The Ohtani Fit in Chicago

That Shohei Ohtani would change the structure of the Cubs' rotation is obvious, and whatever he might add on offense would really be gravy. The Cubs are surprise finalists in the Ohtani sweepstakes, and despite some valid strikes against their case, there are also plenty of reasons why he would fit nicely with the Cubs.

There is, of course, the fact that he would readily join an already very talented stable of starters and give them the necessary fourth member of the rotation that all postseason teams need. There's also the fact that, despite a fleet of outfielders already on the roster, Ohtani could spend ample time in the lineup on the days when he is not pitching. For as much of an asset as he is on defense, Jason Heyward probably isn't a must-start anymore, so right field could be an easy place for Ohtani to play in between starts on the mound. Otherwise, Joe Maddon has proven that he is not flustered by the task of rotating a large group of talented players into the lineup.

But the Cubs are not unique in this. Of the seven teams Ohtani has left on his list, they are just one making the same claims about letting him play both ways. Doubtless the other six teams have told him a lot of the same things that the Cubs did.

Even last night, as the Mariners and Angels both made trades with the Twins to free up more international slot money to sweeten a potential signing bonus for Ohtani, those efforts seemed potentially in vain:

If it's not only the money, then geography makes sense as a possible factor. Coming from Japan, the distances traveled grow considerably in the United States, especially in the AL West. Travis Sawchik suggested yesterday that this works in favor of the Cubs, who have some of the shortest travel distances in the NL Central.

But what great advantage do the Cubs really have? It's unquestionably been a surprise for the Cubs to have made it this far in this process, and a lot of that is simply a testament to Theo Epstein's ability to sell players on joining the Cubs, something he was able to do successfully even before they were World Series champions. Consider his success in bringing Jon Lester to Chicago prior to the 2015 season. The wearer of 2007 and 2013 World Series rings thanks to the Red Sox had just spent a half season in Oakland in Billy Beane's latest attempt to eclipse the limitations of being the general manager of the Athletics. Lester was hardly ready to suffer fools and a return to Boston would have made a lot of sense at the time, instead of the team that had just lost 89 games and was still just pimping its rebuild. But Epstein convinced him, and a year later he convinced Heyward to leave the Cardinals right after they had won 100 games and the division.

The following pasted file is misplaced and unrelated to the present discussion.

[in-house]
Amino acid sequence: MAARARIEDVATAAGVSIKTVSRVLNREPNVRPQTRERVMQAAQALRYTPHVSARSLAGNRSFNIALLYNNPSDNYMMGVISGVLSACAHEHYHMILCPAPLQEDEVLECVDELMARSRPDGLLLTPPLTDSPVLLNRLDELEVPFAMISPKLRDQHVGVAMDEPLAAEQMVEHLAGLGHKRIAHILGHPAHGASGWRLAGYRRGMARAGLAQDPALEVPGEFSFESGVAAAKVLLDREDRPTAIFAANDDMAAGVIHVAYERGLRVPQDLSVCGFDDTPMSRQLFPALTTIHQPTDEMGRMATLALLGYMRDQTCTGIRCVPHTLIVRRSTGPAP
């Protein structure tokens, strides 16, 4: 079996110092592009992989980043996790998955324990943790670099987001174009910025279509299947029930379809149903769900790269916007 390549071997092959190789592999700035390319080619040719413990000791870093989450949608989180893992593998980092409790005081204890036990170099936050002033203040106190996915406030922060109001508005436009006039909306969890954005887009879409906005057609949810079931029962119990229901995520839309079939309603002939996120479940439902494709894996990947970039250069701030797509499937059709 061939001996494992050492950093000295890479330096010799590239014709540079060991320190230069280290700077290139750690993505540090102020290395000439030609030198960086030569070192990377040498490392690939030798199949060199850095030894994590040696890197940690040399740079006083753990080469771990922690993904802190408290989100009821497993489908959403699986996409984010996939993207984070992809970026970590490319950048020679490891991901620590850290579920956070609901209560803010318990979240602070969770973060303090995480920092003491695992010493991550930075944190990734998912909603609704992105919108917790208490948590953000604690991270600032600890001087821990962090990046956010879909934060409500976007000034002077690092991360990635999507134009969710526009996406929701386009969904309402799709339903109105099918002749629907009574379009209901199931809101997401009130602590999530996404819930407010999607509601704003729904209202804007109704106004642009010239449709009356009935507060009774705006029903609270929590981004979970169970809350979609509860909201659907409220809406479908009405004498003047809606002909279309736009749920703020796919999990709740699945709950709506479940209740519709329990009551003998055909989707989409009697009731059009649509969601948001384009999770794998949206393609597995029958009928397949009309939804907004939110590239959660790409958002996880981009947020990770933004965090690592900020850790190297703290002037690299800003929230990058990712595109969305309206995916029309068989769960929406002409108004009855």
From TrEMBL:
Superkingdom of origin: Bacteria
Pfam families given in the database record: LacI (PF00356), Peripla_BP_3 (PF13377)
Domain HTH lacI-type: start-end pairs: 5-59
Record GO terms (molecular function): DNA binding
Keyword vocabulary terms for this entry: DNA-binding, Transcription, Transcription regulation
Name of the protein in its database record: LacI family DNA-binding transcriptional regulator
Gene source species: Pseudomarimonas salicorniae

The greatest selling point for Ohtani, who clearly values more than just being a star and making the most money possible, seems to have a lot to do with the culture of the team he is joining. And this is something the new ownership and front office have heavily invested in, and it has paid off already. The appeal for Ohtani is not quite the same as Lester in late 2014, but he has the opportunity to be one of the final pieces in what makes the Cubs a dynasty.

Ohtani is just 23, and the Cubs are still plenty young, especially on offense, but he has a maturity that belies his years, and it probably helps us to understand why he was not immediately swayed by the opportunity to play for a team like the Yankees and just take the largest contract in the largest market.

Take a look at the list of goals he made while he was still in high school:

  • -Age 18: Join an MLB team
  • -Age 19: Master English and reach AAA
  • -Age 20: Called up to the Majors, make 1.5 billion JPY (~13 million USD)
  • -Age 21: Starting rotation, 16 wins
  • -Age 22: Win the Cy Young Award
  • -Age 23: Member of Japan WBC team
  • -Age 24: Throw a no-hitter and 25 wins
  • -Age 25: Throw fastest pitch in the world 175 kph (~108 mph)
  • -Age 26: Win the World Series and get married
  • -Age 27: Member of Japan WBC team & MVP
  • -Age 28: 1st son is born
  • -Age 29: Throw 2nd no-hitter
  • -Age 30: Get most wins by a Japanese pitcher (in 1 MLB season?)
  • -Age 31: 1st daughter is born
  • -Age 32: Win 2nd World Series
  • -Age 33: 2nd son is born
  • -Age 34: Win 3rd World Series
  • -Age 35: Member of Japan WBC team
  • -Age 36: Break the strikeout record?
  • -Age 37: 1st son starts baseball
  • -Age 38: Stats drop, start to think about retirement
  • -Age 39: Decide to retire at end of next season
  • -Age 40: Throw no-hitter in my very last game
  • -Age 41: Return to Japan
  • -Age 42: Introduce the American system to Japan?

The Cubs are easily a good fit to help him realize some of this, but what's probably more important is that it helps to indicate that Ohtani is looking for more from his career playing baseball in the United States than simply making himself a star and cashing in on a large contract as soon as possible. If he's most interested in a comfortable fit, quality culture, and winning the World Series, the Cubs are a fantastic landing spot.